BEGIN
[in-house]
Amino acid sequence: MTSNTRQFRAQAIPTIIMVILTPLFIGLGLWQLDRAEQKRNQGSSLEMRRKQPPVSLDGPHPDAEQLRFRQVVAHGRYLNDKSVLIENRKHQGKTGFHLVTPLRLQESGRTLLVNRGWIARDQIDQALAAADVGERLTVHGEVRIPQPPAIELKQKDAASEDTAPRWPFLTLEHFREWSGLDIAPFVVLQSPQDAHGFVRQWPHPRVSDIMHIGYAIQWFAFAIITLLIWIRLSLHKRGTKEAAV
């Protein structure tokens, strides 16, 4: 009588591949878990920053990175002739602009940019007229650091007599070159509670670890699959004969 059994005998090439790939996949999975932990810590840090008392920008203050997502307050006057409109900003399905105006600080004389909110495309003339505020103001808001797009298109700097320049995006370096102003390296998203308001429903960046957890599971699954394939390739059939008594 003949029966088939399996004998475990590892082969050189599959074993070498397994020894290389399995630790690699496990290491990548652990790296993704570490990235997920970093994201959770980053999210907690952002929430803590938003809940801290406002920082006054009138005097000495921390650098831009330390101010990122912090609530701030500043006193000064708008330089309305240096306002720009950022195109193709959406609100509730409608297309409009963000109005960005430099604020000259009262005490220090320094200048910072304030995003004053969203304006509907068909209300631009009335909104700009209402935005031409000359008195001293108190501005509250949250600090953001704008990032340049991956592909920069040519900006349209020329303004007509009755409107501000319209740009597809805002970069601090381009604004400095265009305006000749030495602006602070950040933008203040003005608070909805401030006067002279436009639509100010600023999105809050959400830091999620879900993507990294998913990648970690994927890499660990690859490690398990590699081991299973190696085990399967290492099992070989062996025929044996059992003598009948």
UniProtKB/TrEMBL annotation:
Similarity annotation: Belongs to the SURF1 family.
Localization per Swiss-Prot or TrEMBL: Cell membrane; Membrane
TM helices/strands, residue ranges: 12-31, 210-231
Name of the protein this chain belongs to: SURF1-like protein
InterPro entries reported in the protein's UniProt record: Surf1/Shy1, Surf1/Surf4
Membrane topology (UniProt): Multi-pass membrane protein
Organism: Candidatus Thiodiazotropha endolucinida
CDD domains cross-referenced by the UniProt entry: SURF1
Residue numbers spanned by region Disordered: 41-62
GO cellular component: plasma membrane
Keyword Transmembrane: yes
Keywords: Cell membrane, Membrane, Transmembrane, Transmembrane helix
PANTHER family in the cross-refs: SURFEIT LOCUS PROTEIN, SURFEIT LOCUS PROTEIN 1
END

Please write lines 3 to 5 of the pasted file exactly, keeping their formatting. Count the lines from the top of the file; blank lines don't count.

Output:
């Protein structure tokens, strides 16, 4: 009588591949878990920053990175002739602009940019007229650091007599070159509670670890699959004969 059994005998090439790939996949999975932990810590840090008392920008203050997502307050006057409109900003399905105006600080004389909110495309003339505020103001808001797009298109700097320049995006370096102003390296998203308001429903960046957890599971699954394939390739059939008594 003949029966088939399996004998475990590892082969050189599959074993070498397994020894290389399995630790690699496990290491990548652990790296993704570490990235997920970093994201959770980053999210907690952002929430803590938003809940801290406002920082006054009138005097000495921390650098831009330390101010990122912090609530701030500043006193000064708008330089309305240096306002720009950022195109193709959406609100509730409608297309409009963000109005960005430099604020000259009262005490220090320094200048910072304030995003004053969203304006509907068909209300631009009335909104700009209402935005031409000359008195001293108190501005509250949250600090953001704008990032340049991956592909920069040519900006349209020329303004007509009755409107501000319209740009597809805002970069601090381009604004400095265009305006000749030495602006602070950040933008203040003005608070909805401030006067002279436009639509100010600023999105809050959400830091999620879900993507990294998913990648970690994927890499660990690859490690398990590699081991299973190696085990399967290492099992070989062996025929044996059992003598009948």
UniProtKB/TrEMBL annotation:
Similarity annotation: Belongs to the SURF1 family.